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Gregory Rossini had a liver transplant in 1996 and eventually developed Hepatitis C. He was prescribed Rebetol for his hepatitis C, but on January 15, 2005, he was given the wrong medication by his local pharmacy. Instead of receiving his Rebetol, he received Reyataz, an HIV medication.

Mr. Rossini was initially suspicious of the pills he received on January 15, 2005, because they were different then normal, but he did not want to challenge the pharmacist. On March 8, 2005, he received a letter from Dr. Max M. Cohen who told Mr. Rossini he was given the wrong medications.

Dr. Cohen explained there was a “robotic malfunction” involved in the mix-up, but no further explanation was given. According to the lawsuit, a pharmacist manually distributed the wrong medication. The mix-up caused Mr. Rossini to have his hepatitis symptoms worsen, as well as chills, dizziness, fever, loss of appetite and weight, and his eyes and skin turned yellow.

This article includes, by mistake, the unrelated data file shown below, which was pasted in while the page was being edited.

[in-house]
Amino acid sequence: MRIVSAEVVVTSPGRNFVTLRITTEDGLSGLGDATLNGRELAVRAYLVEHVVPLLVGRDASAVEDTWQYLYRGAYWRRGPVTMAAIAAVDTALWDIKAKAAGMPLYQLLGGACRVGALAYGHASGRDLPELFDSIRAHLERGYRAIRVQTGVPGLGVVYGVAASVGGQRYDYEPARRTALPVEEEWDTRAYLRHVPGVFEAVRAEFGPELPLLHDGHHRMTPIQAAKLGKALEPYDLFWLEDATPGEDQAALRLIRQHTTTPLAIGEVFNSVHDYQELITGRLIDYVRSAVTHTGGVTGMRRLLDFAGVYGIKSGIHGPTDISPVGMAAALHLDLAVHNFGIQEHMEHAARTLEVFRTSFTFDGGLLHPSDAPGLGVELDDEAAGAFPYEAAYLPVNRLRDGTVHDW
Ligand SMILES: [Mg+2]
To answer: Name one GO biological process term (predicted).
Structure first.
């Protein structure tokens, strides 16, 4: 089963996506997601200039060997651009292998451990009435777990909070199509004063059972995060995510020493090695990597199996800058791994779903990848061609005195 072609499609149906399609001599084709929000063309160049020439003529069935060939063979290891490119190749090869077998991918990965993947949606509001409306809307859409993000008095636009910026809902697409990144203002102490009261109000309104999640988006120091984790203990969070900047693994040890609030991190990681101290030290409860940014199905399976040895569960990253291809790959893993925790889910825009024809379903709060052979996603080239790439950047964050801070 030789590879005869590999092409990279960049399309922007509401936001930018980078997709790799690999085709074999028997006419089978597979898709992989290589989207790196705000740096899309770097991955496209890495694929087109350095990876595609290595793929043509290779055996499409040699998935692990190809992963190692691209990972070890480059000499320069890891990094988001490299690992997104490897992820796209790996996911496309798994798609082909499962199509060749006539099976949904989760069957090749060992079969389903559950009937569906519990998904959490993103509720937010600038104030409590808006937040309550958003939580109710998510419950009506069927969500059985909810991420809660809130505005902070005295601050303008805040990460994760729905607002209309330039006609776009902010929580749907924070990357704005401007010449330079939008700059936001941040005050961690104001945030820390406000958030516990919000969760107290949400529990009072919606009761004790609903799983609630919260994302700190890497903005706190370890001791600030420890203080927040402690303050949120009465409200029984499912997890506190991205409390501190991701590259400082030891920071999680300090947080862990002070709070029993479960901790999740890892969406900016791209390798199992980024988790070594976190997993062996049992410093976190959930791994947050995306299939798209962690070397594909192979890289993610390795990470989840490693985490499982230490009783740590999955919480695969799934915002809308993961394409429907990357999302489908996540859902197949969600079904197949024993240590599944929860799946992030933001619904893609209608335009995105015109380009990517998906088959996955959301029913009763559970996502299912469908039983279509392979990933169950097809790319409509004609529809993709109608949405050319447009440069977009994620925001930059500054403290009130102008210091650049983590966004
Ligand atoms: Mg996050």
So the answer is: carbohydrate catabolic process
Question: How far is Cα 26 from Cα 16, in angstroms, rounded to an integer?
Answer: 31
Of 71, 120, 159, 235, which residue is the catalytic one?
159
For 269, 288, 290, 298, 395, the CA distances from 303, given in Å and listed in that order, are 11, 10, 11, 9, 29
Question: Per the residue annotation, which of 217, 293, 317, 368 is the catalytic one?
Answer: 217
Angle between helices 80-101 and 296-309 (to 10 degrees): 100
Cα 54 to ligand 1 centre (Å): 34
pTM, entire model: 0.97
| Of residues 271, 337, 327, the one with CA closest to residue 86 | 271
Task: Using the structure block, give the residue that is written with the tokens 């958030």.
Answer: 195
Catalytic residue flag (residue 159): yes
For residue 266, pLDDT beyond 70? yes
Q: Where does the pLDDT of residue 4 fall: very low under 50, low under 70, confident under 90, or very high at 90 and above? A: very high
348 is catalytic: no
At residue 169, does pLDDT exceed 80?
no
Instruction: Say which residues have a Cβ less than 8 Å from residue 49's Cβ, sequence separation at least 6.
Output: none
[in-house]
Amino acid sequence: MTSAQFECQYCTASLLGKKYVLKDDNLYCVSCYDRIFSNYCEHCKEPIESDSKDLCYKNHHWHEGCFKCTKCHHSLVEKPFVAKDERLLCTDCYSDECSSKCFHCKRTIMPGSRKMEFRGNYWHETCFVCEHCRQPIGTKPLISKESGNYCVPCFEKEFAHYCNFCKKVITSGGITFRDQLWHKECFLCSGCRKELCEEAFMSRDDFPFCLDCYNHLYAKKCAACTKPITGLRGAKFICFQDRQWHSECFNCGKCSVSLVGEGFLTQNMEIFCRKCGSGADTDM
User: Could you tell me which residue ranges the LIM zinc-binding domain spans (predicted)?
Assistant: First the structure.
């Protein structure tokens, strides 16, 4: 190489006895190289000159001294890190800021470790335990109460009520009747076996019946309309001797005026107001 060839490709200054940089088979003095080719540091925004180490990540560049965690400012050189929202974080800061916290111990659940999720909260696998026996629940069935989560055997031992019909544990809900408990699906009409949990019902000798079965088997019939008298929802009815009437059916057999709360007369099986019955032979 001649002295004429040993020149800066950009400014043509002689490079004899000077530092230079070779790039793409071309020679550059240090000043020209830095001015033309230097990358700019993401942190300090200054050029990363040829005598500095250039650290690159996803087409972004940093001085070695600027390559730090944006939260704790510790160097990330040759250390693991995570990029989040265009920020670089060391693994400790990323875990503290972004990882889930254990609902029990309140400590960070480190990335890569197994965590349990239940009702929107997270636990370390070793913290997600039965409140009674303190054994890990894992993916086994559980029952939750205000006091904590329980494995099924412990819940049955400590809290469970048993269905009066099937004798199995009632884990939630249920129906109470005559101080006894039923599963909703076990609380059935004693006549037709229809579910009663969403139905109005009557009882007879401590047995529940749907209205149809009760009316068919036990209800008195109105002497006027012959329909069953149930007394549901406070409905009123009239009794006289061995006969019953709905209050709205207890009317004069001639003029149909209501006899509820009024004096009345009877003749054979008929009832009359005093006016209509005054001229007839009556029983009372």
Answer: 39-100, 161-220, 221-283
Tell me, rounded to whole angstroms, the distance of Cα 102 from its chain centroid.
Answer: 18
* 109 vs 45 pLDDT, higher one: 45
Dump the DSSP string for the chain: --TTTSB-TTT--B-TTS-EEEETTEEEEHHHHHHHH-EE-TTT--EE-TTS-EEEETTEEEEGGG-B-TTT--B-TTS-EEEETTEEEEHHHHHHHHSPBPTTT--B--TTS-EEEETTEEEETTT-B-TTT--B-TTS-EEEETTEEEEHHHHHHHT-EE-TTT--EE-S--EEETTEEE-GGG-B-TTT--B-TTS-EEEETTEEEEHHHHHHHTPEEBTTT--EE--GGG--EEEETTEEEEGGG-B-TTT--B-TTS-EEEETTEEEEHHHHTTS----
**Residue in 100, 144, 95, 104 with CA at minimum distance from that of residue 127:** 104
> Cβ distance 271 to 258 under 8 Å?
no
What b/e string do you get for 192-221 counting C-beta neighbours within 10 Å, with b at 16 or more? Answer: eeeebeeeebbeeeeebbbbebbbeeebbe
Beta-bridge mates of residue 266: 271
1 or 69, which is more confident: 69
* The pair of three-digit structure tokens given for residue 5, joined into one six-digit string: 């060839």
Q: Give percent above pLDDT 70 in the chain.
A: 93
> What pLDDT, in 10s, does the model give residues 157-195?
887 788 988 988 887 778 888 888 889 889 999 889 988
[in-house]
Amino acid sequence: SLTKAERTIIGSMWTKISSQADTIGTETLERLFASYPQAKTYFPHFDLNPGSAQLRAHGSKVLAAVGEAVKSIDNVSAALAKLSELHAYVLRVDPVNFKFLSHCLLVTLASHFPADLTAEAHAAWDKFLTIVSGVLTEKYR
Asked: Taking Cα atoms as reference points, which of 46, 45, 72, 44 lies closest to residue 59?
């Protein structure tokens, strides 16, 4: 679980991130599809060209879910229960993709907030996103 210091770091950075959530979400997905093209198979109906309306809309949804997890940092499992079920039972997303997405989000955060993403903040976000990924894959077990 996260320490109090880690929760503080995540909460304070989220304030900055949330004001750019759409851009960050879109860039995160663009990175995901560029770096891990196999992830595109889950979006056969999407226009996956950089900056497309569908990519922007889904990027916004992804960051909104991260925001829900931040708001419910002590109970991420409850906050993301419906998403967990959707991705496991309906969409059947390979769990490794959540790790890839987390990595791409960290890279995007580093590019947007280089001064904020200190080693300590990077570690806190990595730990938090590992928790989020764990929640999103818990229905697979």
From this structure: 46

Although the letter from Dr. Cohen states there was a clear mistake that occurred, it tries to blame the problem on a machine malfunction. What Dr. Cohen’s letter ultimately proves is the pharmacist who manually dispensed the medications did not do the job properly. This was a human error caused by a possibly negligent pharmacist, not a machine malfunction. It’s not clear why having to dispense the medications manually would result in a mix-up. While it is true the medications have similar names, they treat very different diseases. The pharmacist should always make sure the proper medications are dispensed under a valid prescription.

If you suspect any medications you have received are not correct, please contact your local pharmacist to make sure the prescription was filled properly.

For more information on this subject, please refer to the section on Drugs, Medical Devices and Implants.

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